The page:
Most local natural gas pipeline projects to face delays

Most natural gas infrastructure projects in Greece are likely to face delays, regardless of the recent parliamentary approval of a reform package that was needed to kick-start bailout discussions with the country’s lenders.

The second set of measures demanded by eurozone partners was agreed domestically last Thursday and could force a major overhaul of Greek systems and processes. Sources working in the country’s energy market believe that there are likely to be delays in proposed infrastructure projects, even now that the bailout package has been agreed.

The government still needs to negotiate and sign the new deal, a process which is expected to start next week and could last a month.

Part of the now approved second package is likely to include more European intervention on how energy assets are managed. TAIPED, the existing State Privatization Fund, was established in 2011 and is headed up by an all-Greek membership.

According to Theodore Theodoropoulos, CEO of Aegean Gas, a subsidiary of global business Aegean Oil, a reform of the existing fund will take place and most probably will include representatives from the EU institutions.

“The privatisation consultants should be approved from both Greece and the European institutions. Previously consultants were selected by government,” he said. “Energy assets such as DESFA (natural gas grid operator) and DEPA (Public Gas Corporation) and some of the port facilities will be transferred under a new fund, which is likely to happen after October,” he said.

The Greek government will then be required to transfer around 50 billion euros worth of its assets into the fund.

Increased EU involvement is likely to influence future privatizations, including the DESFA sale to Azeri state energy company Socar. “I don’t think that the sale will proceed in its current form,” Theodoropoulos said.

In 2013, an agreement was reached for the sale of a 66% stake in DESFA to Socar, but the deal is still awaiting approval by the European Commission.

Greece’s coalition, led by leftist Syriza, has made no secret of plans to keep the country’s energy companies state-owned. But Prime Minister Alexis Tspiras’s concessions to the EU, which were voted on in parliament last Thursday morning, will most likely reverse the stance.

Theodoropoulos said: “The Greek government was not willing to sell any more than a 51% stake in Greek assets, but I believe that this [proportion] will be higher [in the new deal]. It is also likely that the criteria will be stricter and the deadlines more specific.”

Although most Greek market sources refrained from voicing an opinion on timeliness ahead of the bailout vote, most expected some sort of a delay.

“All these assets are under the privatisation process,” Theodoropoulos said.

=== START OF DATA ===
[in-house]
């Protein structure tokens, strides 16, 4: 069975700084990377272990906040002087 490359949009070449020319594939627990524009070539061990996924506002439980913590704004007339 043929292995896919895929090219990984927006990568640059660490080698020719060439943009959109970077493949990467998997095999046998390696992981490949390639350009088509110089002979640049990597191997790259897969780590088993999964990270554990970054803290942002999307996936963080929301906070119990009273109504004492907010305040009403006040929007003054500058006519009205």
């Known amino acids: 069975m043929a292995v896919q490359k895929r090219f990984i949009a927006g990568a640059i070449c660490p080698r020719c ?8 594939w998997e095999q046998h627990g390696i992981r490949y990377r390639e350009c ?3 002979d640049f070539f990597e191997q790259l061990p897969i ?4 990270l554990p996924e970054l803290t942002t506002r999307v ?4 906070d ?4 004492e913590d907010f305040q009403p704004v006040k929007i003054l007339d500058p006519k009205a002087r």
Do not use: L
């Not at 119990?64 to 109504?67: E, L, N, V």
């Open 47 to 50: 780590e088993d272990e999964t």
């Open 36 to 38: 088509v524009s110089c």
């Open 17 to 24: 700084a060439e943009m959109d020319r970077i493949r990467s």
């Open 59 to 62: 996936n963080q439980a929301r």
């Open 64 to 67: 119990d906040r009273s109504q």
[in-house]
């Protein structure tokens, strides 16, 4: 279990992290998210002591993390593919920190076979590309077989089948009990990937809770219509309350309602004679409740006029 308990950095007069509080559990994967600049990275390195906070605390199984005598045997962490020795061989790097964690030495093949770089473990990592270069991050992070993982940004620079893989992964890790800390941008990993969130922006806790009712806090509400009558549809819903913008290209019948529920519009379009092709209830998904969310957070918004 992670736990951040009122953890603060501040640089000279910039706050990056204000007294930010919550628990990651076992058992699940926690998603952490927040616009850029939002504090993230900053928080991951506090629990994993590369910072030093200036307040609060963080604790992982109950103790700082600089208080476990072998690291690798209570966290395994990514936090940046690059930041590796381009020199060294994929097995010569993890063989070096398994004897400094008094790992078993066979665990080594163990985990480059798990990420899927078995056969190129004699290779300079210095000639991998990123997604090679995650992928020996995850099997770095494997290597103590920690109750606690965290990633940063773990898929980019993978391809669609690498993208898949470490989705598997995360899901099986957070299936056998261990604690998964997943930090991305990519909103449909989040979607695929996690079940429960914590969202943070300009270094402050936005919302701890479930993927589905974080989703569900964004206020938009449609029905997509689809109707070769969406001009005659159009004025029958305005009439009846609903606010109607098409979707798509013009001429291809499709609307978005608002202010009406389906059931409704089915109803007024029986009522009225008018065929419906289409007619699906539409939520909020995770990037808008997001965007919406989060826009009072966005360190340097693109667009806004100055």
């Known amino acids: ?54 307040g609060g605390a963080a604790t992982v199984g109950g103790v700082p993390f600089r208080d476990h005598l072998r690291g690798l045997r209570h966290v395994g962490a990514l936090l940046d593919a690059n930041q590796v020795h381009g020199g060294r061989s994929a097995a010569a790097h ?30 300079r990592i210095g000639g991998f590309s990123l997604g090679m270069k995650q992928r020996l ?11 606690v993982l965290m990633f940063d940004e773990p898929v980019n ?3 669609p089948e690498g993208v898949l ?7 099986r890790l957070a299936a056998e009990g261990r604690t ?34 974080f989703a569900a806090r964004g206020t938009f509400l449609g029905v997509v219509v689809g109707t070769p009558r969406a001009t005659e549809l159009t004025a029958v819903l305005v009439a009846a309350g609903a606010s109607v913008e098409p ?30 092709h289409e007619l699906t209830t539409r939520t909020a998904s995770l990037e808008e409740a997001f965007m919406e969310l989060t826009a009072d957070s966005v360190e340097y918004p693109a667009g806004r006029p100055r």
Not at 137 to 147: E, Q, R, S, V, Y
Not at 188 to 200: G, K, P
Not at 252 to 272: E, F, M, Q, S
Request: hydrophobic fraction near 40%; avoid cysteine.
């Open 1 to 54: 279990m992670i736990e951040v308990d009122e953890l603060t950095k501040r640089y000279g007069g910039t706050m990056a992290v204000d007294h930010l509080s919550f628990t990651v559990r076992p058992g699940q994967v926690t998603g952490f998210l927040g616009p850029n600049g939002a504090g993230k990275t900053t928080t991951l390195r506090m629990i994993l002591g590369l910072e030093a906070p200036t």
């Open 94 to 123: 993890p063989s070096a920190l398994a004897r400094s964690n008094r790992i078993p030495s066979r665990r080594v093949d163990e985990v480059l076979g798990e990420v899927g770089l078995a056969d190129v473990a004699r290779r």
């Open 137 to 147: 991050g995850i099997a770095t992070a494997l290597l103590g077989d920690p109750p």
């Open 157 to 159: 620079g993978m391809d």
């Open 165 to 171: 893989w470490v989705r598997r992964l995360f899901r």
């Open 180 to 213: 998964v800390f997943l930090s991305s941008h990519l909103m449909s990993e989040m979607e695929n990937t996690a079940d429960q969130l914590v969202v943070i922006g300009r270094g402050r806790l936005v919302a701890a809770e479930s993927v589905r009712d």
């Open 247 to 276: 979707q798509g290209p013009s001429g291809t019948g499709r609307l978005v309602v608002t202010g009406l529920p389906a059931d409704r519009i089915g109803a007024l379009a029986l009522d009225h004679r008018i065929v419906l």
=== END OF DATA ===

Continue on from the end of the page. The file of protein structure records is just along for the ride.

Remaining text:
“I think all these projects will become realised, but there are likely to be delays and it is difficult to determine how delayed they will be. After October [when the new asset fund is in place] we will have a clearer picture of the Greek market and how these energy projects will develop.”

Anastassis Giamouridis, senior analyst at Poyry Management Consulting, does not think the Trans Adriatic Pipeline (TAP) would be at risk of delay because, unlike other infrastructure projects in Greece, it has an investment decision and is not dependent on Greek demand or finance.

The gas will instead transit Greece and capacities have already been agreed upon, he said.

Construction of TAP has the potential to enhance the importance of Greece’s LNG terminal, as it offers the possibility to transport volumes from this facility to other markets.

TAP will start at the Greek-Turkish border, fed primarily by Azeri gas from the TANAP line, run north to Albania and onwards to Italy. Deliveries to Europe should start in 2020, carrying 10 billion cubic metres (bcm)/year from the Shah Deniz 2 field.

Interconnector Greece-Bulgaria (IGB) – on the other hand – is still awaiting a financial investment decision. A source close to the project noted that negotiations between shareholders were taking longer than expected, partly due to the uncertainty in Greece.

Construction on the 3-5 bcm/year bi-directional pipeline is earmarked to start next March, with completion expected in 2018.

But as Giamouridis pointed out, because the project will primarily deliver Greek exports, there is a likelihood it will be delayed.

“I think IGB would eventually come on line, but not necessarily in its current form,” he said.

He suggested the interconnector, which some have said is necessary before TAP can be constructed, could send Azeri gas to Balkan countries.

This view is shared by Nikos Tsafos, president & chief analyst at US-based energy consultancy enalytica said: “In Greece, the only project with a clear purpose is IGB: to deliver Azeri gas into Bulgaria.

“Then again, if Turkish Stream is built, it is likely that Azerbaijan could deliver gas into Bulgaria at the Turkish-Bulgarian border, obviating the need for IGB.

“In short, the only high-likelihood project is TAP, and I wouldn’t be surprised if TAP were the only one of these pipelines to be built in the next 7-10 years.”

Source: ICIS